Japanese exports to China fall amid territorial dispute

The BBC's correspondent in Tokyo, Rupert Wingfield-Hayes, says exports are down for a fourth consecutive month

Japanese exports to China tumbled in September compared to the previous year, as a territorial dispute between the two countries weighed on the economy.

Exports from Japan declined at their sharpest pace since the aftermath of last year's earthquake and tsunami.

Overseas shipments fell 10.3%, compared to last year, the Finance Ministry said.

Relations between China and Japan have soured in recent weeks.

Islands dispute

Shipments to China fell 14.1% in September compared to the previous year. The month was marred by widespread protests in China against Japan over ownership of the islands known as Senkaku in Japan and Diaoyu in China.

Both countries, as well as Taiwan, lay claim to the territory.

In some cases the protests turned violent with people directing their anger at Japanese brands, such as the automotive giants Honda and Toyota.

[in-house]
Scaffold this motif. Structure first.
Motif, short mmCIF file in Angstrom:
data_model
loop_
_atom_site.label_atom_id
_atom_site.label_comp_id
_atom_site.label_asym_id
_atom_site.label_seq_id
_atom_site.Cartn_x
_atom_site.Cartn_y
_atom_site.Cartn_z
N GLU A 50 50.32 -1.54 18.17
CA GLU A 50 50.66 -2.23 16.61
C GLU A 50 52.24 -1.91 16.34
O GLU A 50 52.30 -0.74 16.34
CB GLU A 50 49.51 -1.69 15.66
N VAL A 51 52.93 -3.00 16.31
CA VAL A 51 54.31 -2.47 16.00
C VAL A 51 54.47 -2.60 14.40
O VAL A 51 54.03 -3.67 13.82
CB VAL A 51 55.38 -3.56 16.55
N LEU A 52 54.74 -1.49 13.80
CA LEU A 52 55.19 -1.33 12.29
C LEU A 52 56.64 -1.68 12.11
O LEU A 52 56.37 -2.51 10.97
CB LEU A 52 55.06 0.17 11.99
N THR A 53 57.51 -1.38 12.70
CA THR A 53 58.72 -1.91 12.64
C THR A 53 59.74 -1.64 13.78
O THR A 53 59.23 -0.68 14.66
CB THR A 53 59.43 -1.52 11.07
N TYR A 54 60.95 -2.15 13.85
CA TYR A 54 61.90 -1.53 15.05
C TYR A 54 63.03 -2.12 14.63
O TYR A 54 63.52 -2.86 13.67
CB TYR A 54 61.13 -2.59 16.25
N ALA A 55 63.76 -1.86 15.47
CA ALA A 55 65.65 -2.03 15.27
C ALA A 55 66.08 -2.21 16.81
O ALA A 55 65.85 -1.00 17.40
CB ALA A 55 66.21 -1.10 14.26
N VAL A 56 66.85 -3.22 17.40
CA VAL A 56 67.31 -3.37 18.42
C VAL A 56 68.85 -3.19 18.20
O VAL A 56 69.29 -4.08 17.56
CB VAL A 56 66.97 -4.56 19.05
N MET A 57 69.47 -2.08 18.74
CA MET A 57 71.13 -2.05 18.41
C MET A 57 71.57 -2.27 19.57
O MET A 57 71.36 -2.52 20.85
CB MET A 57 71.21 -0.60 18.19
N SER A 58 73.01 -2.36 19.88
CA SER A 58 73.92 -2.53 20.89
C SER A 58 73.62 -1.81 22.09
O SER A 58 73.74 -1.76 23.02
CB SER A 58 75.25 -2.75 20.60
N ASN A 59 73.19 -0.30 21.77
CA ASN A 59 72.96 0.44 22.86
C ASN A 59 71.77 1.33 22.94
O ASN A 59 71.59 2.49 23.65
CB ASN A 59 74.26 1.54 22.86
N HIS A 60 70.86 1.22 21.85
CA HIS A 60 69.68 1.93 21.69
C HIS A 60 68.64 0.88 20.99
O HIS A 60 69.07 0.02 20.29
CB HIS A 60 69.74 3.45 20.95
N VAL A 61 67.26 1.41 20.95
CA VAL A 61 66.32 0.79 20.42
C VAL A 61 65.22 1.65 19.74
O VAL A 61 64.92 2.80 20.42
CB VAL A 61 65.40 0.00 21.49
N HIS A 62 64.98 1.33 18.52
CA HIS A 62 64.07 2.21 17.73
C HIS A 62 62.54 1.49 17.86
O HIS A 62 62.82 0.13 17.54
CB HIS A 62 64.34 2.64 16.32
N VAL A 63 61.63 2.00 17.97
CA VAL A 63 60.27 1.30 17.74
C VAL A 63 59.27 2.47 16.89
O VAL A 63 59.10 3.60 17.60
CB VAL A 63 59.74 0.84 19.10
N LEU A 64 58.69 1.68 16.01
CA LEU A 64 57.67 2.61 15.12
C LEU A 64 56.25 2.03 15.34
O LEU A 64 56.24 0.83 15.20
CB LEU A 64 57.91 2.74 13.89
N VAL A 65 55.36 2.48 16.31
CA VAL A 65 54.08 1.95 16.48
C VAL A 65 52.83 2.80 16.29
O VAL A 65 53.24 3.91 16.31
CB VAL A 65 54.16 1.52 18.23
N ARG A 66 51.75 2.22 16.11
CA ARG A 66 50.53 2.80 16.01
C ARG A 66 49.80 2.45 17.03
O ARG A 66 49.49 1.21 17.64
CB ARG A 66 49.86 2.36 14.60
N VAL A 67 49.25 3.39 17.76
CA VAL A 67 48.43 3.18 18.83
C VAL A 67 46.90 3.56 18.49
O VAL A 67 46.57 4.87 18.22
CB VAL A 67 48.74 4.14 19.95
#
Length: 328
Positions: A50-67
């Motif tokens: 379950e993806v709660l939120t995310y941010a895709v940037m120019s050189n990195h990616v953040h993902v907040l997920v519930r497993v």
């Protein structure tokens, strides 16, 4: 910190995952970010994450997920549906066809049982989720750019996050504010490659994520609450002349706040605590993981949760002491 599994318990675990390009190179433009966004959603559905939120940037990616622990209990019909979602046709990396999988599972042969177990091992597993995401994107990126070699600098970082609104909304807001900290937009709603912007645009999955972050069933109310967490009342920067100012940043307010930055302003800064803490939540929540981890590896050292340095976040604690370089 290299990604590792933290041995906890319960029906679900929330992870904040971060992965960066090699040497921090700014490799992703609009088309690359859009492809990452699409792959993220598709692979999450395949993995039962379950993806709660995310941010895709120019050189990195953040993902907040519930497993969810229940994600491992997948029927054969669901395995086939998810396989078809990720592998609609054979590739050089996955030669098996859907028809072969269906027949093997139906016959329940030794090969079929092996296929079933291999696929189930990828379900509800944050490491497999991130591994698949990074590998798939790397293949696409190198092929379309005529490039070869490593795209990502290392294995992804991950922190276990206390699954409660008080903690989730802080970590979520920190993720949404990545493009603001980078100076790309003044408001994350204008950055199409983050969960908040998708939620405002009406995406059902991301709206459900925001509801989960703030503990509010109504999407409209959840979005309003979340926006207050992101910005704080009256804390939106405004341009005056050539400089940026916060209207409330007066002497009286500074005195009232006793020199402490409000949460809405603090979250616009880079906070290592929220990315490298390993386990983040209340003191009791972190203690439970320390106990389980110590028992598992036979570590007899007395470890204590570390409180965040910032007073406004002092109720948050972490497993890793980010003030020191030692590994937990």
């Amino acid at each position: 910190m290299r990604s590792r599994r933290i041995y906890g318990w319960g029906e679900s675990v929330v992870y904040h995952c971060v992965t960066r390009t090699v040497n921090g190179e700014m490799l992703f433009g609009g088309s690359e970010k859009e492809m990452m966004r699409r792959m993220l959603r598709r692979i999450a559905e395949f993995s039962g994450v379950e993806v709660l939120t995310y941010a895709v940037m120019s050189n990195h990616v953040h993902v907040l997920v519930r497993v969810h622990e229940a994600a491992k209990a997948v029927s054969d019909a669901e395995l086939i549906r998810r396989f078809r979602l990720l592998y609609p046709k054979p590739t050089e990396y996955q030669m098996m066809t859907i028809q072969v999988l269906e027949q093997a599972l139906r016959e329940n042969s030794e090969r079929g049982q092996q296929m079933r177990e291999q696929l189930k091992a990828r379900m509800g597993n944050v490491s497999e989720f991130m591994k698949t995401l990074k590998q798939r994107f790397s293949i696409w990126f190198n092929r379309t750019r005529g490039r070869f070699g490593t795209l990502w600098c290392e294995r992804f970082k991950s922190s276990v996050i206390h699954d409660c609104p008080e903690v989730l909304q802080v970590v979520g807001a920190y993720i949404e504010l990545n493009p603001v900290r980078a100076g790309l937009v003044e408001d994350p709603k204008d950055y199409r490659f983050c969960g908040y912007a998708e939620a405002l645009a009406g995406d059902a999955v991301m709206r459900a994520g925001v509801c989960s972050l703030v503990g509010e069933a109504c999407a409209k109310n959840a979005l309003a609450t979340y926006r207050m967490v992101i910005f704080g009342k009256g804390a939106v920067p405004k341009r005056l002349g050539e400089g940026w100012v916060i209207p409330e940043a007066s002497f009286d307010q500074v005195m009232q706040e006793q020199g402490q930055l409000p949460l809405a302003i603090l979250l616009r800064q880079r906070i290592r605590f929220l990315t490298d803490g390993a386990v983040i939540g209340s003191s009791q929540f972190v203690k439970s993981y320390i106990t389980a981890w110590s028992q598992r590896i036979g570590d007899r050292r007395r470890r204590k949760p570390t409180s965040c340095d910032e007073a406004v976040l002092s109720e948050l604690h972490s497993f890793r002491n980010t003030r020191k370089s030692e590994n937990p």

Since then Japanese car manufacturers have said they will cut output to China.

Analysts said along with the bleak global picture, especially in Europe, this was one of the main factors that led to the drop in exports.

Protest in Beijing Japanese brands became the target of protests in China in September

"The worsening of exports reflected both the global slowdown and anti-Japan protests in China," said Naoki Iizuka, from Citigroup Global Markets in Tokyo.

"Exports will likely fall even further and the trade deficit will grow in October as the impact from the boycotting of Japanese products will play out more clearly in October."

The sectors most impacted were cars, electronics and general machinery.

Recession?

The bleak trade picture comes after warnings about the overall strength of the Japanese economy.

Masaaki Shirakawa, the governor of the Bank of Japan, has warned that the financial system is at risk of shocks from Europe's debt crisis.

Slowing demand in key markets, as well as a strong yen, has weighed on manufacturing and exports.

That has led some economists to forecast that growth will stall for the rest of the year and that Japan may slip back into recession.

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